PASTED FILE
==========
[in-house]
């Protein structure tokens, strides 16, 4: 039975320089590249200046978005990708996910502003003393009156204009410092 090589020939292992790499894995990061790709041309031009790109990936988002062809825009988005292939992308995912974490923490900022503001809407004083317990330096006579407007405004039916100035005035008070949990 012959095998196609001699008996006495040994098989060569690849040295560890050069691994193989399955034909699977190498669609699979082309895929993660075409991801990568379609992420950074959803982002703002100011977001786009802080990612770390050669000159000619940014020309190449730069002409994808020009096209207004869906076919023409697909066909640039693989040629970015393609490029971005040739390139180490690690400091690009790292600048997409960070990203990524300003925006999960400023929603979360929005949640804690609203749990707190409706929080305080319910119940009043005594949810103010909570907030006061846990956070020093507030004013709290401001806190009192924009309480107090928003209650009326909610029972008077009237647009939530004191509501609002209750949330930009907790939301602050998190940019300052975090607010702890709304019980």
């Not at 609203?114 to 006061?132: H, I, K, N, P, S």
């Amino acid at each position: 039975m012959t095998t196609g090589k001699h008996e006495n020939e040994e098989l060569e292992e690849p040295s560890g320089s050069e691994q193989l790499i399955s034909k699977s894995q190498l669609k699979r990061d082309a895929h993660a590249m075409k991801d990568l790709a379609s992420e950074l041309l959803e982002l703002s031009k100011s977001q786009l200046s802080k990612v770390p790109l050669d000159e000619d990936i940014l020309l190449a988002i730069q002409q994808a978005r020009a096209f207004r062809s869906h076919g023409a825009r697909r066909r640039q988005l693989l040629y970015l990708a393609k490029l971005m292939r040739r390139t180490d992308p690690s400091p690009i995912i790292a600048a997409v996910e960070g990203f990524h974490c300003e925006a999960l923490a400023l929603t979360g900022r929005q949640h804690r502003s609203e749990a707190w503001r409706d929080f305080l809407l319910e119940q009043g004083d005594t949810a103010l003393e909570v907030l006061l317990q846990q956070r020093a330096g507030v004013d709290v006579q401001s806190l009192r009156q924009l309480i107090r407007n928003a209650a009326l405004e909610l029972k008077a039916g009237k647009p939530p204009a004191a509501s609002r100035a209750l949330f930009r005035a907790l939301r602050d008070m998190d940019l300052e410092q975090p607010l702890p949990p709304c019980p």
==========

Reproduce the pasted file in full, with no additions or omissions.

[in-house]
């Protein structure tokens, strides 16, 4: 039975320089590249200046978005990708996910502003003393009156204009410092 090589020939292992790499894995990061790709041309031009790109990936988002062809825009988005292939992308995912974490923490900022503001809407004083317990330096006579407007405004039916100035005035008070949990 012959095998196609001699008996006495040994098989060569690849040295560890050069691994193989399955034909699977190498669609699979082309895929993660075409991801990568379609992420950074959803982002703002100011977001786009802080990612770390050669000159000619940014020309190449730069002409994808020009096209207004869906076919023409697909066909640039693989040629970015393609490029971005040739390139180490690690400091690009790292600048997409960070990203990524300003925006999960400023929603979360929005949640804690609203749990707190409706929080305080319910119940009043005594949810103010909570907030006061846990956070020093507030004013709290401001806190009192924009309480107090928003209650009326909610029972008077009237647009939530004191509501609002209750949330930009907790939301602050998190940019300052975090607010702890709304019980």
């Not at 609203?114 to 006061?132: H, I, K, N, P, S």
């Amino acid at each position: 039975m012959t095998t196609g090589k001699h008996e006495n020939e040994e098989l060569e292992e690849p040295s560890g320089s050069e691994q193989l790499i399955s034909k699977s894995q190498l669609k699979r990061d082309a895929h993660a590249m075409k991801d990568l790709a379609s992420e950074l041309l959803e982002l703002s031009k100011s977001q786009l200046s802080k990612v770390p790109l050669d000159e000619d990936i940014l020309l190449a988002i730069q002409q994808a978005r020009a096209f207004r062809s869906h076919g023409a825009r697909r066909r640039q988005l693989l040629y970015l990708a393609k490029l971005m292939r040739r390139t180490d992308p690690s400091p690009i995912i790292a600048a997409v996910e960070g990203f990524h974490c300003e925006a999960l923490a400023l929603t979360g900022r929005q949640h804690r502003s609203e749990a707190w503001r409706d929080f305080l809407l319910e119940q009043g004083d005594t949810a103010l003393e909570v907030l006061l317990q846990q956070r020093a330096g507030v004013d709290v006579q401001s806190l009192r009156q924009l309480i107090r407007n928003a209650a009326l405004e909610l029972k008077a039916g009237k647009p939530p204009a004191a509501s609002r100035a209750l949330f930009r005035a907790l939301r602050d008070m998190d940019l300052e410092q975090p607010l702890p949990p709304c019980p």